Ten Mythological Creatures In Ancient Folklore. THE REVISED IRISH ORIGINS OF CIVILISATION : LEYLINES DRUIDS AND STONE CIRCLES. The Witch Garter is worn in various rituals for it’s magical properties and they are also used as badges of rank amongst Witch Covens.
The use of garters can be traced back to Paleolithic times – so no wonder, then, that the highest honour bestowed by the British monarchy on a person is an invitation to join the ORDER OF THE (WITCH) GARTER which has an annual parade outside St George’s Chapel at Windsor Castle in England every year. The exterior roof of the chapel is festooned with sculptures of ‘Yales’ which are unicorn-type mythological demonic creatures whose bodies are covered in circular markings. In Search of Ancient Ireland . Technology. By Carmel McCaffrey and Leo Eaton ometime in the fifth millennium B.C., new technology arrived in Ireland, carried by immigrants from Europe or native Irish who had learned new skills overseas.
This marked the beginning of Irish agriculture, the ability to grow cereal crops and raise livestock. Grain and farm animals arrived by boat since neither was native to Ireland. IRISH LITERATURE, MYTHOLOGY, FOLKLORE, AND DRAMA. Irish Writers OnlineIrish PlayographyStudy Ireland: Poetry - BBCIrish Women Writers - M.
OckerbloomIreland Literature GuidePoetry Ireland / Éigse ÉireannEarly Irish Lyric Poetry - Kuno MeyerSonnets from Ireland - E. BlomquistColum's Anthology of Irish Verse - Bartleby.comBREAC - Digital Journal of Irish Studies. Ireland. Sacred Texts: Legends and Sagas. Sacred-texts home Neo-Paganism Classical Mythology Lord of the RingsBuy CD-ROM Buy Books: Legends and Sagas General Northern European Arabia Baltic Basque Celtic Eastern European England Finland France Germany Greece Iceland Italy Persia Portugal Roma (Gypsy) Scandinavia Spain This section of sacred-texts archives the rich literature of Sagas and Legends.
These are mostly (but not all) from Northern Europe, and primarily based on legendary events and people from the Middle Ages. Fables & Tales - Paper Portitude. IRISH LITERATURE, MYTHOLOGY, FOLKLORE, AND DRAMA. The Irish Tuatha Dé Dannan Connection to the Tribe of Dan. "It is certainly no coincidence that the Irish Gaelic word Dun or Dunn means "Judge," just as Dan does in Hebrew!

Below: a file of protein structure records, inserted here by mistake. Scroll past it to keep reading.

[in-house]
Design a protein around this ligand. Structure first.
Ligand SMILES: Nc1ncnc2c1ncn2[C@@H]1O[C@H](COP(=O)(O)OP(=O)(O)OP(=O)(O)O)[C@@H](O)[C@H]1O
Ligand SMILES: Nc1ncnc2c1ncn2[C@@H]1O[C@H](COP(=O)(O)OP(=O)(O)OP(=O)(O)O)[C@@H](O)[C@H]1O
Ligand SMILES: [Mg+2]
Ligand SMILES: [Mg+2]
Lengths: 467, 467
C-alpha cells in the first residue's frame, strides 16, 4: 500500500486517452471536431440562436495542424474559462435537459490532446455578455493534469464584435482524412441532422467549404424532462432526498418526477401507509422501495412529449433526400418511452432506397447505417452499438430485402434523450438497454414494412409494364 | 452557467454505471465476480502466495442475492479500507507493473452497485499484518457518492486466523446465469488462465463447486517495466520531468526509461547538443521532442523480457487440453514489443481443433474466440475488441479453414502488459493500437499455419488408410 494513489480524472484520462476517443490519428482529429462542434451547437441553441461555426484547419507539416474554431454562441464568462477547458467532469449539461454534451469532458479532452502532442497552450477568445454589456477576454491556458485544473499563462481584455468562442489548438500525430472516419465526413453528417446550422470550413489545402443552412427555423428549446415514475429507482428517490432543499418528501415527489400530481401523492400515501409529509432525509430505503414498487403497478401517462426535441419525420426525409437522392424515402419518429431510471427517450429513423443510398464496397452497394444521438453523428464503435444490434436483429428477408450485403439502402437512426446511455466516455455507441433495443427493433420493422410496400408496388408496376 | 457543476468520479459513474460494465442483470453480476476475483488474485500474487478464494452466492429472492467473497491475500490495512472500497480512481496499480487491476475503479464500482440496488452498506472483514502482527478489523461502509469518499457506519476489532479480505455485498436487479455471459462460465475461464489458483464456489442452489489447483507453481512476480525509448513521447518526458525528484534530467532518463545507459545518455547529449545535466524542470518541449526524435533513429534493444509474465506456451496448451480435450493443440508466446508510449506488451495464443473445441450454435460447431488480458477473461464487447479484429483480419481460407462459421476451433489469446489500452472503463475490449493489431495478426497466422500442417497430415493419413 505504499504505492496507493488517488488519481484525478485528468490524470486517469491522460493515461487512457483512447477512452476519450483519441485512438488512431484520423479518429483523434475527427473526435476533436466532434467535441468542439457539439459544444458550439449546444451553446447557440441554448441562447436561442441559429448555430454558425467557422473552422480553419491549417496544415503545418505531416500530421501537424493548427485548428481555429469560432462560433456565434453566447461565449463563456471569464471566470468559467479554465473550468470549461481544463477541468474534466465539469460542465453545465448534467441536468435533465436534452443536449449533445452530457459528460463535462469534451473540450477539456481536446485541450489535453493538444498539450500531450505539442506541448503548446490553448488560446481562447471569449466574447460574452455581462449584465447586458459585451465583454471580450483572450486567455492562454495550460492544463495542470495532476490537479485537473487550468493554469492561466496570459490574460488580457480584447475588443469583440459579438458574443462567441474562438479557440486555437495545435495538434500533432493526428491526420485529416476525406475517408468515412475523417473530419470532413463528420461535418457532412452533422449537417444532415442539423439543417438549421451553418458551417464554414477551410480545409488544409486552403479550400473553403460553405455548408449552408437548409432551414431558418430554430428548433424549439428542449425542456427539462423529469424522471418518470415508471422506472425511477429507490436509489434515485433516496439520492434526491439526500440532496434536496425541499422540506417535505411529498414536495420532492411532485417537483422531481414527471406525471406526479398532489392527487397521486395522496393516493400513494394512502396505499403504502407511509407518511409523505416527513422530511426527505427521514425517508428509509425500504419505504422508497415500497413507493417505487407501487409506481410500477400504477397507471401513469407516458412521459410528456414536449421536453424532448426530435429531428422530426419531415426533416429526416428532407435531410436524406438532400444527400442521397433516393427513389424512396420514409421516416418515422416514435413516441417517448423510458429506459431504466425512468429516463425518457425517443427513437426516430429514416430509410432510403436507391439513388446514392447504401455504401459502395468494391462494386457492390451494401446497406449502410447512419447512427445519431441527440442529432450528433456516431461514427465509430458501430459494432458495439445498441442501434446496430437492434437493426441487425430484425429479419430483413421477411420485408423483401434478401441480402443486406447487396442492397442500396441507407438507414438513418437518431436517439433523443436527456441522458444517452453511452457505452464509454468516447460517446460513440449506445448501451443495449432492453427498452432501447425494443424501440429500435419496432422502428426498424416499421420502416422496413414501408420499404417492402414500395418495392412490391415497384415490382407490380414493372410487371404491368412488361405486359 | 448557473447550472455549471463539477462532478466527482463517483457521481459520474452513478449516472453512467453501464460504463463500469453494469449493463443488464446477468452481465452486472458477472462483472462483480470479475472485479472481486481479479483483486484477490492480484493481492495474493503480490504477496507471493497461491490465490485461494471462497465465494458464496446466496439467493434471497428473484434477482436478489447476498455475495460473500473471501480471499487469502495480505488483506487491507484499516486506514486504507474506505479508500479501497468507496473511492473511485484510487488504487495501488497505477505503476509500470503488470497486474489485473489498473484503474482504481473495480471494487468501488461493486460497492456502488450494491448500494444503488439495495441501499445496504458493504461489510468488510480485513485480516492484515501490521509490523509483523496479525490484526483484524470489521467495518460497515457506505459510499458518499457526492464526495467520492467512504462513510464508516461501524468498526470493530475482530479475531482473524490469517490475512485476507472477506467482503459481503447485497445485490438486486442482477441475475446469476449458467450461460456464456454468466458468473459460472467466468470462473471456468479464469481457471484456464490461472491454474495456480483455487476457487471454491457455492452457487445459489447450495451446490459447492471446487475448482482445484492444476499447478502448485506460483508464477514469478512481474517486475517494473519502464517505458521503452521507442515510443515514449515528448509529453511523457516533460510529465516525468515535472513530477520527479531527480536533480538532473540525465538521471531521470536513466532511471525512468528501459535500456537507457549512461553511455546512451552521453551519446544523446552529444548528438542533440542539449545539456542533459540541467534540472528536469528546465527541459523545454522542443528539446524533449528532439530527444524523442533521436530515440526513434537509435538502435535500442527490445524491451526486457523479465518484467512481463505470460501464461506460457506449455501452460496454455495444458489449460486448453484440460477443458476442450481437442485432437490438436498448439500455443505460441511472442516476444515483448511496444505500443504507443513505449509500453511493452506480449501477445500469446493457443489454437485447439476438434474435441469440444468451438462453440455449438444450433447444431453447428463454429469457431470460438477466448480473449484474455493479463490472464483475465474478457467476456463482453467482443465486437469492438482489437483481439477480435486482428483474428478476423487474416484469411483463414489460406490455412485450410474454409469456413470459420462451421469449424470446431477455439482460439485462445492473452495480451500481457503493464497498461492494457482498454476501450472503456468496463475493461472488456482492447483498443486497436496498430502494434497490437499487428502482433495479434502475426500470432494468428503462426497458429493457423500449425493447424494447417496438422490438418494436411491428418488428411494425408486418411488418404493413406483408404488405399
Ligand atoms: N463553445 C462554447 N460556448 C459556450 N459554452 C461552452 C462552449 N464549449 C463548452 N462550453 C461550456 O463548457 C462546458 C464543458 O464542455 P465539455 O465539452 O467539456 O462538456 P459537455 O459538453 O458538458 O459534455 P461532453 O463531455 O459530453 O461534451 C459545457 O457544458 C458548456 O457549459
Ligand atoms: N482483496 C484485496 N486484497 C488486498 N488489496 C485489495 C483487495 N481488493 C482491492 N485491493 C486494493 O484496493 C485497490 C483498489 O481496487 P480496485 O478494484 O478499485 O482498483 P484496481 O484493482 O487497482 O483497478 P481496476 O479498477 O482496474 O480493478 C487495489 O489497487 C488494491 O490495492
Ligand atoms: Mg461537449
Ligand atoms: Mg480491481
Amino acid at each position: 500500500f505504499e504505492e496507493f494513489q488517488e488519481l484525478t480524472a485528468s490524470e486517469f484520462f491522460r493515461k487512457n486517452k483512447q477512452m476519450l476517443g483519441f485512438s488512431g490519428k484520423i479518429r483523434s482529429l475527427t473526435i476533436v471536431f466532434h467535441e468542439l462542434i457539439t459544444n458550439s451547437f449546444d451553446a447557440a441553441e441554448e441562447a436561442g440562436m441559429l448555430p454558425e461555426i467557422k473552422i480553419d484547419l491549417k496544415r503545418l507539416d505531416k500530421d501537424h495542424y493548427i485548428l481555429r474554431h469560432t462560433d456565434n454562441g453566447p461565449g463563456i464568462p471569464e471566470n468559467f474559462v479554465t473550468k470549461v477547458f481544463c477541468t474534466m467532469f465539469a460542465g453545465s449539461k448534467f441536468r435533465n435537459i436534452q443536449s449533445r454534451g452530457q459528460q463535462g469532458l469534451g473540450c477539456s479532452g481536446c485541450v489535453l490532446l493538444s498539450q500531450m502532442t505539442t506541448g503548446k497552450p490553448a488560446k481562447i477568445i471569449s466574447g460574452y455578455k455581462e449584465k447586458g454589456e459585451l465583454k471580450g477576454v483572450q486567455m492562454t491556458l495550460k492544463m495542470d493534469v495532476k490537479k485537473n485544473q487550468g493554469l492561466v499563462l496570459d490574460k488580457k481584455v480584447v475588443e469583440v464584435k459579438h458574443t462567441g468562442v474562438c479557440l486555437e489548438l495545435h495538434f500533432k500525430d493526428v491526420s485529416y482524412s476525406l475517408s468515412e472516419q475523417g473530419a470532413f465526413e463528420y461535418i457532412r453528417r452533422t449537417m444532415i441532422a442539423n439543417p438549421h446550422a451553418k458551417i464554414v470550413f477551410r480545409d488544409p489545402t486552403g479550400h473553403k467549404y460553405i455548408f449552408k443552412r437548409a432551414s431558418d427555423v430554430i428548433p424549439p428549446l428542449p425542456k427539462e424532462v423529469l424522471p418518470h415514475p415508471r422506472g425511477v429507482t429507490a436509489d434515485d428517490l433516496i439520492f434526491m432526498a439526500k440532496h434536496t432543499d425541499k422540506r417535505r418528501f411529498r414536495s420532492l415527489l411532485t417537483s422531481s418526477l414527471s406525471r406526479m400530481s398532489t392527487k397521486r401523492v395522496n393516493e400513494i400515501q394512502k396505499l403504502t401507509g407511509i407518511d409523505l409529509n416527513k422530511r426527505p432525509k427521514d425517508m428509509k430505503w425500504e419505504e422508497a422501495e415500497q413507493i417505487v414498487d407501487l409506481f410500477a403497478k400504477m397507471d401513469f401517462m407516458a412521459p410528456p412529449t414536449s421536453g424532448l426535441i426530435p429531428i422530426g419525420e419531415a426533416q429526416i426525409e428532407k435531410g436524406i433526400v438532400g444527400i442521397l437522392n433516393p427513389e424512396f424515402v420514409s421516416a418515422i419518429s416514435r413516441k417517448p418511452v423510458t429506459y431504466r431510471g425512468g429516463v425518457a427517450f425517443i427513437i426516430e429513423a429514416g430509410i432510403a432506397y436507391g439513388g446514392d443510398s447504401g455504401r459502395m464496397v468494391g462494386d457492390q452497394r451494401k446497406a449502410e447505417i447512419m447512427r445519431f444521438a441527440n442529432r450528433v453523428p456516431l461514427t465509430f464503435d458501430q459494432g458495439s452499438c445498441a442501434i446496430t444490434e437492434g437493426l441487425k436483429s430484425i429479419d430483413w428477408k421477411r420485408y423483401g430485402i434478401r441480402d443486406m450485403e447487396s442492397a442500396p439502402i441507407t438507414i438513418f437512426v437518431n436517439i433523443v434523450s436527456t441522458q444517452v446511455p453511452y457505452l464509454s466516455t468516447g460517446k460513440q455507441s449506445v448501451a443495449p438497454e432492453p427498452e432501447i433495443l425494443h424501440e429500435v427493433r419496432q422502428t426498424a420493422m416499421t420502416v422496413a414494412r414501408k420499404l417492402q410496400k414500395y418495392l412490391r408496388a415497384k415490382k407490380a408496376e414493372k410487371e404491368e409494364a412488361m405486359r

" - Raymond McNair The ancient connections between the Irish Tuatha Dé Dannan and the Greek Tribe of Dan have been documented all throughout history. The "History of Ireland," in the Peabody Institute, states that the residents, prior to the Tuatha De Dananns, were descendants of 5,000 people from Greece called Foibalges. The next to appear, about 717 B.C., under a king called Nuad, were the "Tuatha De Danann," said in Irish to be "the tribe of Dan. Stories for children, folktales, fairy tales and fables. Scottish Myths and Legends. Leabhair / Books from Cló Mhaigh Eo, Claremorris, County Mayo, Ireland. Irish mythology. Bunworth Banshee The mythology of pre-Christian Ireland did not entirely survive the conversion to Christianity.
However, much of it was preserved in medieval Irish literature, though it was shorn of its religious meanings. This literature represents the most extensive and best preserved of all the branches of Celtic mythology. Although many of the manuscripts have not survived and much more material was probably never committed to writing, there is enough remaining to enable the identification of distinct, if overlapping, cycles: the Mythological Cycle, the Ulster Cycle, the Fenian Cycle and the Historical Cycle.
There are also a number of extant mythological texts that do not fit into any of the cycles. Celtic Otherworld. In Celtic mythology, the Otherworld is the realm of the living and the home of the deities and other powerful spirits.
Tales and folklore refer to the Otherworld as "The Fortunate Isles" in the western sea, or at other times underground (such as in the Sídhe) or right alongside the world of the living, but invisible to most humans. The intrusion of the Otherworld into this one is signaled by the appearance of divine beings or unusual animals, or other phenomena such as sudden changes in the weather. Sometimes an otherworldly woman will present an apple or an apple branch, or a ball of thread to follow as it unwinds. Beliefs of the ancient Gauls In Lucan's account of the druidical doctrine of metempsychosis, the Otherworld is referred to as Orbis alius. Inuit Myth and Legend. Inuit mythology is a repository of Inuit culture, passed down by elders through generations to enrich and enlighten.